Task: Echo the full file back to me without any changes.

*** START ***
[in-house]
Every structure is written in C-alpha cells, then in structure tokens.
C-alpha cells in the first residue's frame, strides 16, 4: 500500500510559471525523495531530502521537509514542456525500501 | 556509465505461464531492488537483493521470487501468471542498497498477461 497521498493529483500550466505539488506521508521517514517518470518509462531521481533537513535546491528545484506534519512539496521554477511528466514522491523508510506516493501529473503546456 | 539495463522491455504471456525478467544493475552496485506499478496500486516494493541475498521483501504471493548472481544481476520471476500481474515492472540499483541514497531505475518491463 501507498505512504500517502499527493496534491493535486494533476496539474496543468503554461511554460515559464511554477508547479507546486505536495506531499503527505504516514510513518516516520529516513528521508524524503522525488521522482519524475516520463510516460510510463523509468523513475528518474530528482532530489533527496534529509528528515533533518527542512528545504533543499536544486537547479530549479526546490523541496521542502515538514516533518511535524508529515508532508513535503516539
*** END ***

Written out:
[in-house]
Every structure is written in C-alpha cells, then in structure tokens.
C-alpha cells in the first residue's frame, strides 16, 4: 500500500510559471525523495531530502521537509514542456525500501 | 556509465505461464531492488537483493521470487501468471542498497498477461 497521498493529483500550466505539488506521508521517514517518470518509462531521481533537513535546491528545484506534519512539496521554477511528466514522491523508510506516493501529473503546456 | 539495463522491455504471456525478467544493475552496485506499478496500486516494493541475498521483501504471493548472481544481476520471476500481474515492472540499483541514497531505475518491463 501507498505512504500517502499527493496534491493535486494533476496539474496543468503554461511554460515559464511554477508547479507546486505536495506531499503527505504516514510513518516516520529516513528521508524524503522525488521522482519524475516520463510516460510510463523509468523513475528518474530528482532530489533527496534529509528528515533533518527542512528545504533543499536544486537547479530549479526546490523541496521542502515538514516533518511535524508529515508532508513535503516539